Policy

Helping developing countries' economies to grow

Supporting detail:

Helping people in developing countries access financial services

Small businesses account for over 45% of all employment in developing countries. Their growth is vital to creating jobs and increasing prosperity - yet they are typically thwarted by difficulty in raising finance.

More than 2.5 billion people have no bank accounts or insurance. We will help more than 50 million people have the means to work their way out of poverty, including giving 18 million women access to savings, credit and insurance through programmes to expand the reach of the financial sector, to serve the needs of poor people.

We support and encourage innovative financial sector trusts that work with governments, regulators and financial service providers to support financial sector development. For example, one of these trusts, Enhancing Financial Innovation and Access in Nigeria will help 10 million people get access to finance by 2015.

We support countries to strengthen their financial sectors by making them more stable, efficient and inclusive, so that they better support economic growth and poverty reduction. We fund the World Bank’s Financial Sector Reform and Strengthening Initiative which provides world class technical expertise and assistance to developing country regulators and policy makers. To date, the scheme has supported over 300 projects across 80 countries.

In complement to this, we work through the G20 Global Partnership for Financial Inclusion (GPFI) to engage the global standard-setting bodies - who set the overarching guidelines - to ensure the regulatory environment supports national efforts to increase access to finance for poor people and small businesses around the world.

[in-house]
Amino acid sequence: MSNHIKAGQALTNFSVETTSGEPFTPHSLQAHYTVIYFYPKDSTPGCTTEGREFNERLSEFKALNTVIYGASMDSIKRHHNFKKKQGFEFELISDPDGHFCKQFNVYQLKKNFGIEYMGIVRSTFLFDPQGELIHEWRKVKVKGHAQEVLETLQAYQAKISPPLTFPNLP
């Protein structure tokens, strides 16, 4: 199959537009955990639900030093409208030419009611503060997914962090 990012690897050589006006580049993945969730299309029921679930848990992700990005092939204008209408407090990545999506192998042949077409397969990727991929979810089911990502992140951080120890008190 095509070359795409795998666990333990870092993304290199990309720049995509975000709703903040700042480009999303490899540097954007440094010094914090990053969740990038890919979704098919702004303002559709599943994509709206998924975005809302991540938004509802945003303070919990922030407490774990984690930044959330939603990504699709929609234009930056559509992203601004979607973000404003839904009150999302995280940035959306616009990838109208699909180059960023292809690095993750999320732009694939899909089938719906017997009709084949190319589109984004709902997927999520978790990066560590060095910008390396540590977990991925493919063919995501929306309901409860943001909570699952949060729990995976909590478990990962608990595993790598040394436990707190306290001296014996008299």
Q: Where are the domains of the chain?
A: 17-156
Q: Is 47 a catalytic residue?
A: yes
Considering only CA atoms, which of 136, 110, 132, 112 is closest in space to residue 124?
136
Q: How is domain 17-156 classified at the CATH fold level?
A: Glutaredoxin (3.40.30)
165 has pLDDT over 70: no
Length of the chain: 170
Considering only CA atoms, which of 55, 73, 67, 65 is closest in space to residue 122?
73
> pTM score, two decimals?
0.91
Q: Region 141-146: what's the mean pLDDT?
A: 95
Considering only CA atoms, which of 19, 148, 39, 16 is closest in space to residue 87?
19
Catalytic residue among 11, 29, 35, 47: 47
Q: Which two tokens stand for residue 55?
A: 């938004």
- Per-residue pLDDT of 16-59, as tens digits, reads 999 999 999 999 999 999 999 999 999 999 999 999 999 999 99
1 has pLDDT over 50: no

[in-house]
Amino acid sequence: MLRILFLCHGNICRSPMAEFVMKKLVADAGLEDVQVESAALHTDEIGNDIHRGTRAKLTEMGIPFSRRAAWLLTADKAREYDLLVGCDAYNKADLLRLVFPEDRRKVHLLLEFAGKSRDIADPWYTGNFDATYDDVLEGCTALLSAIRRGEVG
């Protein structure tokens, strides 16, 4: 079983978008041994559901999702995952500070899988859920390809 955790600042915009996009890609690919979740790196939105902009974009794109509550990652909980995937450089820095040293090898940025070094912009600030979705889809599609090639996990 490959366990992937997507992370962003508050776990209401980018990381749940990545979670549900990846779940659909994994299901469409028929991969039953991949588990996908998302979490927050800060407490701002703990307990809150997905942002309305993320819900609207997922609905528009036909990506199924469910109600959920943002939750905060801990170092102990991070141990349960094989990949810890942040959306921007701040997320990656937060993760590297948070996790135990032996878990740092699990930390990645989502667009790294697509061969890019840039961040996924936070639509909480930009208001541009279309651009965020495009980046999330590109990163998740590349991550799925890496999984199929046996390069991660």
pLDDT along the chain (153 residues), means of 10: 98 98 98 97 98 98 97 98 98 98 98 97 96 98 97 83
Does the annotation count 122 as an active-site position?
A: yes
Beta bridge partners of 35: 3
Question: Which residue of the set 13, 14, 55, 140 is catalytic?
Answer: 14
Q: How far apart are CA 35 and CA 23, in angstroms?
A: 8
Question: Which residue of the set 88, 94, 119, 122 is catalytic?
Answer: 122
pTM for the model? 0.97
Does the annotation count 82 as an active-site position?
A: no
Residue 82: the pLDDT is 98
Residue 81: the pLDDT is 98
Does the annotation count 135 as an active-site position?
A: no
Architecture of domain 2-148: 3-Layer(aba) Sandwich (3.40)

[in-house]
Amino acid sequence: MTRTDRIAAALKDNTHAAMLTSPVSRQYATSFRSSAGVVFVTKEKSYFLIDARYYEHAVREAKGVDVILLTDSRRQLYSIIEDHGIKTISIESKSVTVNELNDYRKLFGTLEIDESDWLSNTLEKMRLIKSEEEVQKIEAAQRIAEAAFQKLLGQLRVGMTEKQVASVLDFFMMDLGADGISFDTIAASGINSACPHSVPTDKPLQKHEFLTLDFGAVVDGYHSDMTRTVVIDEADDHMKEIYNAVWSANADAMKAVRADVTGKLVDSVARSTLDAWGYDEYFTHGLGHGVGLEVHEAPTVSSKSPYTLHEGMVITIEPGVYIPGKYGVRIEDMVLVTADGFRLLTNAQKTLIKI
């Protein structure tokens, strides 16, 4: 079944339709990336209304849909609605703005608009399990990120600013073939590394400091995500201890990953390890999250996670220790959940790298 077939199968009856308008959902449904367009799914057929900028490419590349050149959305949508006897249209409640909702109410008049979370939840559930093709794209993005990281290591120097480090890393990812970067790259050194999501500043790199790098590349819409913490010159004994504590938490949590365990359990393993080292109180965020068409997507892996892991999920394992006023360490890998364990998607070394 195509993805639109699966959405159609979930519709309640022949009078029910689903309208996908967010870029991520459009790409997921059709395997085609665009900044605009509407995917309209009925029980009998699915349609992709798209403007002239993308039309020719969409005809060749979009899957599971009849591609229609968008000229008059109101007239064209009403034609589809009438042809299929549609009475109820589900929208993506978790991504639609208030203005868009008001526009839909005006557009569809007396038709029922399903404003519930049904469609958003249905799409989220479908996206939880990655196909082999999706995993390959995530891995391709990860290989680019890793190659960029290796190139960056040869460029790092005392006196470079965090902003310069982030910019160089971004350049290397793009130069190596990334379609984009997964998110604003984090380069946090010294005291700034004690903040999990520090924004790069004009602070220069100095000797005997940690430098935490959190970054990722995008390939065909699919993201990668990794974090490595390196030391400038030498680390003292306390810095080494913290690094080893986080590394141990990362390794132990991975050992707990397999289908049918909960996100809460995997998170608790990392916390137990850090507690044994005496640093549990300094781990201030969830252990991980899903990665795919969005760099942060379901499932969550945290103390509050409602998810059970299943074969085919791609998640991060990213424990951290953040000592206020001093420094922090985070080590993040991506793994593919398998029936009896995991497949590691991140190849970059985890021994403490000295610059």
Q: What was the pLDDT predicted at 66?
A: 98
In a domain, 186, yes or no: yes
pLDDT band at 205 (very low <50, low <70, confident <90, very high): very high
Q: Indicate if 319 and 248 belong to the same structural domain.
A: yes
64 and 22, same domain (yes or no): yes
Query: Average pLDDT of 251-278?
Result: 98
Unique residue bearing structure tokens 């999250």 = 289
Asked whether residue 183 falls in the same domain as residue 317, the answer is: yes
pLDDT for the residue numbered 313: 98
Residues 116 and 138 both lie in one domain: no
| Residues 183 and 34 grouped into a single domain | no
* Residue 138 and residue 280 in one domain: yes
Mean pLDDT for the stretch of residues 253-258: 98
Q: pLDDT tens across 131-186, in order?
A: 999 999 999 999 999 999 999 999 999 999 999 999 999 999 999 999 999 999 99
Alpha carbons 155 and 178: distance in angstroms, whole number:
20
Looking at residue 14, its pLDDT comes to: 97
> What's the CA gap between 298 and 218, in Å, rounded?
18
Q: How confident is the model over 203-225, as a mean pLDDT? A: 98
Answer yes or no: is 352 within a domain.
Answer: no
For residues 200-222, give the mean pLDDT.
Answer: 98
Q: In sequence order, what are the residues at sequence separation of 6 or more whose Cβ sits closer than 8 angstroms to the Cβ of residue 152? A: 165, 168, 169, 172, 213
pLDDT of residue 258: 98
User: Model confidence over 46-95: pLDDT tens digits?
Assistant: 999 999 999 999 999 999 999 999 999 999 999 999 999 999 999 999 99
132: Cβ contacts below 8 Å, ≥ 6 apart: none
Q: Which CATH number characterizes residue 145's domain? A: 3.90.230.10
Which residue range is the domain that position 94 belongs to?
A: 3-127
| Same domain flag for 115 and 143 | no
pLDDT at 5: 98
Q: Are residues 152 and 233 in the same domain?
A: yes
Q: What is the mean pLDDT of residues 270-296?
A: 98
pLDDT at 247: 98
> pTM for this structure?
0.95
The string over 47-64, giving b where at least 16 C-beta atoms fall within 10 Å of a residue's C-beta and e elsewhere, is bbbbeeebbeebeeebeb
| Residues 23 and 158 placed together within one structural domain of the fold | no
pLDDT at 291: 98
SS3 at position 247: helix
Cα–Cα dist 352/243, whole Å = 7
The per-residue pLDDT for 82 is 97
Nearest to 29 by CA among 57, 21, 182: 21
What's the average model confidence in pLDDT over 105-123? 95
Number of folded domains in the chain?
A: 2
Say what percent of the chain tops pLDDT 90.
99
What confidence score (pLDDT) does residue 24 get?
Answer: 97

Women’s access to assets and financial services

We work to help more women gain direct access to, and control over, economic assets. This includes support for increased access to financial services and financial literacy training, increased incomes through more jobs and better working conditions for women, and programmes supporting land reform and inheritance rights to secure women’s rights to own and use property.

We will make sure our cash transfer programmes reach women and support initiatives to give women and girls the skills, confidence and networks that will help them to keep hold of their economic assets and make productive use of them.

We are planning initiatives to improve access to financial services for over 18 million women, to help 2.3 million women access jobs, and to secure access to land for 4.5 million women (including in Rwanda and India).

Financial education

We help poor people protect themselves from financial abuse and educate them to use financial services responsibly. Through innovative approaches to financial education pioneered by the Financial Education Fund across sub-Saharan Africa, we are working to build the financial capability of poor people, investing in them to manage their finances effectively and understand their consumer rights.

Mobile banking

Development in information technology such as mobile phone is making it possible for poor people to receive financial services without having to travel long distances to bank branch and at affordable cost.